The propulsion system 124 includes a configuration/buoyancy controller 150 that transitions between the daytime and nighttime operations of the vehicle. In other words, the controller 150 includes the necessary hardware, software and memory to inflate and deflate the extendable wings, deploy and retract the wings as needed, and to switch between the internal and the external power systems as deemed appropriate. The propulsion controller 152 receives power from the power distribution controller and also information from the flight controller 146 and the mission controller 106 as needed. The propulsion controller 152 is linked to a starboard propulsion motor 154 and a port propulsion motor 156 that rotates a corresponding propeller 68. Indeed, the propellers 68 control the positional location of the vehicle as instructed by the mission controller 106 and/or the flight controller 146. The propulsion controller 152 transfers current from the power distribution controller 126 that is generated by either the arrays 64/66 and/or the fuel cell 140 to the motors as needed while also providing the needed control information.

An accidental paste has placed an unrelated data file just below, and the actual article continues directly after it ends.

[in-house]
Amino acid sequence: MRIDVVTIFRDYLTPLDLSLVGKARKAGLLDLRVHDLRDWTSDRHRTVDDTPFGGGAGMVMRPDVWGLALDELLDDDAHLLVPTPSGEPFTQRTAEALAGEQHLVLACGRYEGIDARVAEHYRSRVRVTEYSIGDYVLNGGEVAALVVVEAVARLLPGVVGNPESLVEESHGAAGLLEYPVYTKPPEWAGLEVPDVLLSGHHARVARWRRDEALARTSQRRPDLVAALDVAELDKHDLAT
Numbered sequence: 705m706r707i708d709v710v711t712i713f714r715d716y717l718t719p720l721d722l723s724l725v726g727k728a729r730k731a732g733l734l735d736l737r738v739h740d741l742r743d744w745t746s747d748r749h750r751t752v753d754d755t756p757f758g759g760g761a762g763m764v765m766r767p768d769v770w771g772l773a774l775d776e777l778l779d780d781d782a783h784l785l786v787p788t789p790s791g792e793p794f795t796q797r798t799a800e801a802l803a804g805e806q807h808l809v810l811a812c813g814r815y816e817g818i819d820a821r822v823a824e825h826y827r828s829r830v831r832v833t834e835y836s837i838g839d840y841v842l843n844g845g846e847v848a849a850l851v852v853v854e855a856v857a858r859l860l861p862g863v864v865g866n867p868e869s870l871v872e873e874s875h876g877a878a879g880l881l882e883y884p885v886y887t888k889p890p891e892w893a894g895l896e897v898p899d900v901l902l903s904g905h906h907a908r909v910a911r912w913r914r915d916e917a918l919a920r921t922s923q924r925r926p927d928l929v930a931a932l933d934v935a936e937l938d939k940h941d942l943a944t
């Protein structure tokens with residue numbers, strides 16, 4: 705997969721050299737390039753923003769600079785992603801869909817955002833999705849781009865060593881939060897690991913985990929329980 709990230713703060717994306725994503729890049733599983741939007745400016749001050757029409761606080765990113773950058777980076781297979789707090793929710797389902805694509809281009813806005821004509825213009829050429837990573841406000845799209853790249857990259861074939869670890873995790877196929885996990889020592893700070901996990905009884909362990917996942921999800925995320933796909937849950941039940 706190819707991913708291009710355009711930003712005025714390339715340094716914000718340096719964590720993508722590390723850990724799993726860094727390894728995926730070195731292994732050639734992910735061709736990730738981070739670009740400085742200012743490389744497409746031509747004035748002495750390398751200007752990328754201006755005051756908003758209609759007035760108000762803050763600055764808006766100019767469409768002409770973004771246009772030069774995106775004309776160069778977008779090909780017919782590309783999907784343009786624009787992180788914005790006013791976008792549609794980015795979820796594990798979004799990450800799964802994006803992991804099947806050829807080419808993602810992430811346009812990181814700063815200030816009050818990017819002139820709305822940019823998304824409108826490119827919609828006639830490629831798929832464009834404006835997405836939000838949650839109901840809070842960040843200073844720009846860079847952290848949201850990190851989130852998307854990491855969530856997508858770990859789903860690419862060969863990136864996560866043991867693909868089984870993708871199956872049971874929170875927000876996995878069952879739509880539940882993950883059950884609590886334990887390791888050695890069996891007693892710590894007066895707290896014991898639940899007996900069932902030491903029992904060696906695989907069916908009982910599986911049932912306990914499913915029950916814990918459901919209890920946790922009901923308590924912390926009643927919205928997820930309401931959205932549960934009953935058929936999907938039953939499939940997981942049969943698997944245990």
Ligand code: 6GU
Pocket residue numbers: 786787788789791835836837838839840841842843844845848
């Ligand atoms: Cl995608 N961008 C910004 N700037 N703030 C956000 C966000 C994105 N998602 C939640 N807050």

The vehicle 10 is scalable to different payload, power and speed requirements. The vehicle 10 can not necessarily be considered a lighter-than-air vehicle inasmuch as it depends on both static (buoyant) and dynamic lift to stay aloft. Accordingly, the vehicle is considered to be an aero-dynamic hybrid. The vehicle provides sufficient buoyant lift to offset most (if not all) of the vehicle weight using dynamic lift to satisfy the payload lift requirement. It is believed that the vehicle can operate up to 21 kilometer altitude and support fleet communication requirements of a 600 km radius at that altitude. Reduced communications radiuses of 510 km can be obtained at 15 km altitude during nighttime operations. It is believed that such a vehicle can operate aloft for up to 30 days and possibly longer.
The vehicle 10, without wings deployed for nighttime operation, must sustain its own weight and the payload weight at an altitude within the region of 15 km to 21 km altitude. The vehicle 10, with wings deployed during daytime operations must sustain itself at an altitude of up to 21 km and use the added power from the photovoltaic arrays to operate the internal power system or fuel cell during the nighttime operation sequence.
In order to achieve the lift requirements specified by these criteria it will be appreciated that the hull 50 is provided with the necessary profile and wing design to result in an optimal aerodynamic performance. Accordingly, the vehicle is able to generate sufficient power and energy for the diurnal cycle. Accordingly, the energy collected during the daylight hours by the photovoltaic arrays must sustain all vehicle and payload functions for the subsequent nighttime cycle.